UCL’s Institut for Economic and Social Research (known as “IRES”) indicates, “Significantly increasing at the beginning of the year, Belgian economic activity should continue to develop favourably during the remainder of the year.” The organisation is counting in its quarterly forecasting on the site for Economic Outlook, upon an average annual GDP growth of 1.7% this year and 1.8% in 2018. In 2016, growth remained limited to 1.2%.
IRES details that economic activity may well be supported by the employment market performing well, the high levels of business and consumer confidence, as well as by accelerated international trade exchanges.
The Institut says consumer confidence may be one of the main drivers for Belgian economic growth in 2017 and 2018. Despite further increased inflation (2.1% this year and 1.5% in 2018), household purchasing power increased by 1.5% this year, mainly supported by exceeding the threshold index which took place in May, and by positive developments in the employment market.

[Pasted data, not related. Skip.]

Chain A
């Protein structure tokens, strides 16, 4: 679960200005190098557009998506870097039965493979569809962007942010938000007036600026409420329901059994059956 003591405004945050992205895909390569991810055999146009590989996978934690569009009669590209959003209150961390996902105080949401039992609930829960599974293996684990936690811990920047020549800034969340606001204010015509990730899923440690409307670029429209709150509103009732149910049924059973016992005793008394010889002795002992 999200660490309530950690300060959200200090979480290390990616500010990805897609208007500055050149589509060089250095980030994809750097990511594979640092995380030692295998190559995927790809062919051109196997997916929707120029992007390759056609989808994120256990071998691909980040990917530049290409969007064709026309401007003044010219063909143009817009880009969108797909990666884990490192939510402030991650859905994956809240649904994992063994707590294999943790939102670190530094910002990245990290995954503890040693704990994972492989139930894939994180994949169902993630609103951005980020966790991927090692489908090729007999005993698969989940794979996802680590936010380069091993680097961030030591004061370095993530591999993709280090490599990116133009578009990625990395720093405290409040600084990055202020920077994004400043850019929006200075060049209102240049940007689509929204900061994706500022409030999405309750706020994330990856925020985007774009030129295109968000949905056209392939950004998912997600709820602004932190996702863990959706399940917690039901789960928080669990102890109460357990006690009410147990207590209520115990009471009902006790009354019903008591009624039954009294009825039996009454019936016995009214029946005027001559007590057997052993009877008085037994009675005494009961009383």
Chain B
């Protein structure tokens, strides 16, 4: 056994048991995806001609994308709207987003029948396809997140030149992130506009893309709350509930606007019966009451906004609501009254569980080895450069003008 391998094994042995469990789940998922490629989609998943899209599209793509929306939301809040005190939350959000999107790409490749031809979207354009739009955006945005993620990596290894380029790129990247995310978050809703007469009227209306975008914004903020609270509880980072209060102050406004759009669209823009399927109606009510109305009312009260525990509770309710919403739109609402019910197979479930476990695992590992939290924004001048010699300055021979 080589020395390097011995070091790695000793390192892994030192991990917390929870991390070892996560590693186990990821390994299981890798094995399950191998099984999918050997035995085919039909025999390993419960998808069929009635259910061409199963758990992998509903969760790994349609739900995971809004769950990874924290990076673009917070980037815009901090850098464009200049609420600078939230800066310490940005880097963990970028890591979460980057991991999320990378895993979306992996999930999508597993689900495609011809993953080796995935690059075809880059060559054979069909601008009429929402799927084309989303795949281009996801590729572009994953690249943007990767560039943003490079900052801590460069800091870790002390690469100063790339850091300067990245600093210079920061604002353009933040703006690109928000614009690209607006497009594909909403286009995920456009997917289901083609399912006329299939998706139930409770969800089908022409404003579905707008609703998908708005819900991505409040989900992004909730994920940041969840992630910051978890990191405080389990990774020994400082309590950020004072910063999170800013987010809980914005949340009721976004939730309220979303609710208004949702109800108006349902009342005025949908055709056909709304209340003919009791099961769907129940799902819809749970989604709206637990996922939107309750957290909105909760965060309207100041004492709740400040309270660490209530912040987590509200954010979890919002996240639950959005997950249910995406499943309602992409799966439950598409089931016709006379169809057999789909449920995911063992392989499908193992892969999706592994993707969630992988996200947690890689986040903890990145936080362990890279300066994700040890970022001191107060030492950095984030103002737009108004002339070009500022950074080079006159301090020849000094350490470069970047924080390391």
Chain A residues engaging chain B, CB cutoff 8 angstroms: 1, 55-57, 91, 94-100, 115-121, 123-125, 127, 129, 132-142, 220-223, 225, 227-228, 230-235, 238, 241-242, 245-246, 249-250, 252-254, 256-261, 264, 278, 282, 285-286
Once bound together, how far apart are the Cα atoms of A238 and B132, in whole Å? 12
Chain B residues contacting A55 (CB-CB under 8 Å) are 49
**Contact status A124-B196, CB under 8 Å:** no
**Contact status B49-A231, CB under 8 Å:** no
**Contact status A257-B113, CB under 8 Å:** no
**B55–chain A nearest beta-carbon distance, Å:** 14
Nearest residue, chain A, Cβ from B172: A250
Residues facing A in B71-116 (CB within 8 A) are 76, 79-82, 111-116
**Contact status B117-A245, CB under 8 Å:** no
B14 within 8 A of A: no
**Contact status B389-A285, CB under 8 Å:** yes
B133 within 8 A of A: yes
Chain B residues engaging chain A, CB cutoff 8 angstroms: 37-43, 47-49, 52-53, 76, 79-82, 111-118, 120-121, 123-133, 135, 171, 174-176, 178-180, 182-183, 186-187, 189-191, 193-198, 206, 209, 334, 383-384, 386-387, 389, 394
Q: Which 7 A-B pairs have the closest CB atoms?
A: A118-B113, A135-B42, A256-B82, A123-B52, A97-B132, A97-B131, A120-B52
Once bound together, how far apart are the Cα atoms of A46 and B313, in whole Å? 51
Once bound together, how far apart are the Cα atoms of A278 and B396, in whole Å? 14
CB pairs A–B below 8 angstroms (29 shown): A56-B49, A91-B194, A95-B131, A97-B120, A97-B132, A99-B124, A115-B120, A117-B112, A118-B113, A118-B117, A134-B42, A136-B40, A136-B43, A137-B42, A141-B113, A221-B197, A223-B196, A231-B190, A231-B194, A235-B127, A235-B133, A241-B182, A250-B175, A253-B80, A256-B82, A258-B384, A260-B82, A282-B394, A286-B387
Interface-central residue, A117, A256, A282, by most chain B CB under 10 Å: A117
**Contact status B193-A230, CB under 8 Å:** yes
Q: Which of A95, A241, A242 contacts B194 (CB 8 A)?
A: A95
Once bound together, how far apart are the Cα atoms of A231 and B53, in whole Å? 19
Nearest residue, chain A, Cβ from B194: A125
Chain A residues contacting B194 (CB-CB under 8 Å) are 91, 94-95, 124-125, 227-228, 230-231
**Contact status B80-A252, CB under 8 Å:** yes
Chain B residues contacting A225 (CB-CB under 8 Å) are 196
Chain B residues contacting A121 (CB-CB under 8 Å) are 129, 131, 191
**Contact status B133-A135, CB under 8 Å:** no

Employment may thus increase in net terms, by a little more than 100,000 people over the period 2017 to 2018 whilst during the same period, the number of jobseekers may reduce by around 35,500 people.
Simultaneously, the improvement of the international economic situation suggests more supported growth in Belgian goods and services export sector. Within these sectors, there is an average expected increase of 4.9% for the current year and next year.
Lastly, IRES concludes that the public sector budget deficit, which reached 2.6% of GDP in 2016, may reduce to 2% in 2017 and 1.8% in 2018. It does however stress that there is “significant uncertainty around these perspectives,” owing in particular to protectionist measures. These may be implemented in the US. A further related uncertainty factor is the consequences of Brexit.
The Brussels Times